Animation | 1930 | Sound | B/W
Bizet's opera 'Carmen' condensed into ten minutes of animation featuring paper cut puppets by Lotte Reiniger and extracts from the original score 1930's
A proscenium stage bound by Corinthian columns, an arch and lavish stage curtains; under it is written 'SILHOUETTEN -'; fairground music like of the Carmen by Bizet. The curtain rises: 'Carmen' appears under the arch. Credits.
Carmen's profile as she leans on the edge of a balcony, with the town of Seville in the background, smoking and blowing thin smoke rings upwards; she wears a crown/tiara, bangles and tassels and has mussed hair; the sound of a trumpet heralds the arrival of the soldiers' guard, making Carmen bend over and look downstairs.
On the verandah a floor below, three girls wearing crowns/tiaras, with neater hair, appear one by one, looking down and waving; plants like miniature palm trees in vases on the balustrade. Carmen leans over, waving: she vaults onto the edge of the balcony, then drops lightly and gracefully downwards. She skips onto the verandah downstairs, pushing the three girls aside, and trots down the side of the roof tiles, onto the next roof, onto a bridge/walkway/verandah with a rooftop arbour, and looks down: under the arch pass the soldiers' guard, led by Don José, holding his sword upright; Carmen vaults over the railing and onto the street.
José calls his contingent, arranged in descending order of height, to a halt; they salute; Carmen watches, hand over her mouth, from a perch nearby.
Carmen adjusts her crown with a flourish, stands poised with a hand on her hip and another in the air, like a flamenco dancer. The owners of an outdoor restaurant, one stout and one thin, bow to José, and motion him into a chair at a table in the square; Carmen approaches, hands on her hips, as he sits down.
Carmen dances in the square behind the portly owner; he turns, sees her and puts a stool out for her; Carmen hops gracefully onto it, lifts the hem of her skirt in a sort of curtsey. She dances on the slightly wobbling stool, seductively. José drinks, leans forward, hardly taking his eyes off her; Carmen draws herself along the table on her knees, rises fluidly and begins dancing on the table such that only her nimble bangled legs, feet and skirt are seen; José watches, mesmerised, looks down her legs and runs his eyes up to her face, craning his neck, his drink still on the table.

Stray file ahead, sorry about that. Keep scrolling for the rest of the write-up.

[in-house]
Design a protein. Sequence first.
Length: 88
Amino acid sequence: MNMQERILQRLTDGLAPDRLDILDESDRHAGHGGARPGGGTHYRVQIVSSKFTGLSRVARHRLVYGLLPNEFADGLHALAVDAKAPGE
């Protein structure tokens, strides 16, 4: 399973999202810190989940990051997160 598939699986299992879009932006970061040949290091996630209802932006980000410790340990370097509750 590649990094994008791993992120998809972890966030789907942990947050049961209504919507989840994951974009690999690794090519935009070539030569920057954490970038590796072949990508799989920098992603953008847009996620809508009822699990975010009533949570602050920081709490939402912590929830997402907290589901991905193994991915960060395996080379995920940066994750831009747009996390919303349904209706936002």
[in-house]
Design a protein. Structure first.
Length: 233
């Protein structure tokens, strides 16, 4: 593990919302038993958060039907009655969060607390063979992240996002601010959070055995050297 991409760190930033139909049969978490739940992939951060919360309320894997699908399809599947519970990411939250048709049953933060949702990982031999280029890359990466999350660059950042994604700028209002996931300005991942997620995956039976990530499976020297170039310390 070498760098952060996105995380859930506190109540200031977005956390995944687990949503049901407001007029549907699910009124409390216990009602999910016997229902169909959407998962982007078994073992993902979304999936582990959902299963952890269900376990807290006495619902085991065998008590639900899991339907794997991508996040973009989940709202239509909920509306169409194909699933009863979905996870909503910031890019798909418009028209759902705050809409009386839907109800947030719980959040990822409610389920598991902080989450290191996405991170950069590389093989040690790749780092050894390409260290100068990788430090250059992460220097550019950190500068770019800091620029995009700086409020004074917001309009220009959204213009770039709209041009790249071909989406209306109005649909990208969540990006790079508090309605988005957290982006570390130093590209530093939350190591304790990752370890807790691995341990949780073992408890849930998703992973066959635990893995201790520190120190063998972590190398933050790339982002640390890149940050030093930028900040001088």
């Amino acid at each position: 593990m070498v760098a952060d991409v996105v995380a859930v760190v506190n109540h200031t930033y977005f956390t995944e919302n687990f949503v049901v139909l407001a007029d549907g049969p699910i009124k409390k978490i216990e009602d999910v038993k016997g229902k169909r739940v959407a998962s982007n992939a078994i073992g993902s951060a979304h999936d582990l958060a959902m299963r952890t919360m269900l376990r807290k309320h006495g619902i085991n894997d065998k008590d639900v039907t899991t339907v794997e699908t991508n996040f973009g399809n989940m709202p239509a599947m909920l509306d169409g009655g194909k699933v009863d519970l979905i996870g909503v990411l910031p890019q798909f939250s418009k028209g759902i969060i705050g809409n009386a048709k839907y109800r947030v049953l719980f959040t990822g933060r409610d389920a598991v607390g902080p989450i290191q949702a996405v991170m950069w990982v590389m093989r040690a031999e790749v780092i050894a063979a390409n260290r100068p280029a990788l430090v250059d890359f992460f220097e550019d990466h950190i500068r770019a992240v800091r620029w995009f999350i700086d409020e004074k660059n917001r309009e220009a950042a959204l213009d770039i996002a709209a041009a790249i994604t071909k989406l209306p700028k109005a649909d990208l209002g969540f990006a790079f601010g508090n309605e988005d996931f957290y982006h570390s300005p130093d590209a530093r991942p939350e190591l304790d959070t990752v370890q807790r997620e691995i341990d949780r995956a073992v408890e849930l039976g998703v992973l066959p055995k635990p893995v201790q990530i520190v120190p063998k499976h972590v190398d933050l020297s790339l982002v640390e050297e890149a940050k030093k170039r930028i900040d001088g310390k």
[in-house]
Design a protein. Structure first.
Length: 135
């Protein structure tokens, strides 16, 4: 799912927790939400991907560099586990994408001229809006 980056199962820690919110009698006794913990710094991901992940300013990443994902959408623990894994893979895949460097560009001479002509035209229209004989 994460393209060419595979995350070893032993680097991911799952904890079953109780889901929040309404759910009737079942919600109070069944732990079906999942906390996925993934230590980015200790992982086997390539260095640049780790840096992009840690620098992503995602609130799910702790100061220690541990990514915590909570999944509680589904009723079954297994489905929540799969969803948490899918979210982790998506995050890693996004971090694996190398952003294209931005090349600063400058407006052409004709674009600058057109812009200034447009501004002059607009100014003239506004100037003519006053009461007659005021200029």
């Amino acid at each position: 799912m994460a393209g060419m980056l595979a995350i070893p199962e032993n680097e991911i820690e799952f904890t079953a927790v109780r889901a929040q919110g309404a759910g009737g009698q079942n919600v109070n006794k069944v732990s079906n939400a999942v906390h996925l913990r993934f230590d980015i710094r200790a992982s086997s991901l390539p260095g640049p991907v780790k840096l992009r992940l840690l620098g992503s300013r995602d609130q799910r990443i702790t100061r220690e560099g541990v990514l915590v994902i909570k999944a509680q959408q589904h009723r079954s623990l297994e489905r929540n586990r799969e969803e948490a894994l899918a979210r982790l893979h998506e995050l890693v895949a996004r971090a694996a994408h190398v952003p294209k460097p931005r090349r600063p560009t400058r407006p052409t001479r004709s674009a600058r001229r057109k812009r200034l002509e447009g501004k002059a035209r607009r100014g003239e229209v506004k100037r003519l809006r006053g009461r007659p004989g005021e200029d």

Carmen's entire profile dancing on the table with more abandon; she knocks over the other cup which is caught by the portly owner behind her, also gazing; José grows more intrigued, his posture moving from one of calculated restraint to an open display of interest and attraction as he gazes upwards; Carmen ends on one knee in a dramatic pose.
José leans forward, his elbow on the table and hand over his mouth; Carmen takes his hand to pull him away. She teases when he hesitates, and starts sashaying off alluringly. Finally José flings his cup behind him, gets up, reaches across the table, falls over the stool; Carmen continues to dance and beckon as he is helped up by the two owners; after a pause he follows Carmen off in a lovelorn daze, leaving the two owners slumped in disappointment (?) at the table; they swig their drinks.
The mountains: gypsies - strange, crooked figures wearing tall hats - mill about in a gully (?) amid craggy rocks and arid vegetation; a gypsy holding a shotgun looks out while standing on a log bridge and sees the couple; he moves aside, bowing; Carmen enters, toying with José and reeling him along; she pulls him across the bridge, they kiss and move on; gypsies pop their heads out to watch. Carmen takes José to the edge of a large rock and points downwards as 'Habanera' starts to play.
Gypsies dance in a clearing, linking hands. Carmen makes as if to kiss José, then jumps down as he reaches for her. The gypsies dance; Carmen bounds into their midst and is greeted; José is persuaded by one of Carmen's sultry poses to join in; his hat has fallen off his head and hangs round his neck; the gypsies dance as Carmen takes his hat and draws him along, up rocks. Carmen entices José into her tent, kissing him. José gets on one knee before Carmen, against the night sky over the mountains, framed by the interior of the tent (very theatrical!); Carmen's skirt is up to her knees and part of her dress may be hanging off her shoulder; he reaches up, gazing at her, then at her body as she moves her legs slightly (removing shoes?) and reaches out; Carmen leaps into his open arms and lap and they kiss. The gypsies dance outside as 'Habanera' ends.